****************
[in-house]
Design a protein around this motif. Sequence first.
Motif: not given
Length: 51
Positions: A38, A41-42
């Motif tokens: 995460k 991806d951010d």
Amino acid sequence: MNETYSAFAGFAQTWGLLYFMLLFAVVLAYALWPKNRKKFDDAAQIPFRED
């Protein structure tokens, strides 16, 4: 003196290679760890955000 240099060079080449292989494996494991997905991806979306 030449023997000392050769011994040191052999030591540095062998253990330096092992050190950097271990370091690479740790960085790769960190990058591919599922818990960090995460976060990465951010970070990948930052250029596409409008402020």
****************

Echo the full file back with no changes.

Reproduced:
[in-house]
Design a protein around this motif. Sequence first.
Motif: not given
Length: 51
Positions: A38, A41-42
């Motif tokens: 995460k 991806d951010d």
Amino acid sequence: MNETYSAFAGFAQTWGLLYFMLLFAVVLAYALWPKNRKKFDDAAQIPFRED
């Protein structure tokens, strides 16, 4: 003196290679760890955000 240099060079080449292989494996494991997905991806979306 030449023997000392050769011994040191052999030591540095062998253990330096092992050190950097271990370091690479740790960085790769960190990058591919599922818990960090995460976060990465951010970070990948930052250029596409409008402020």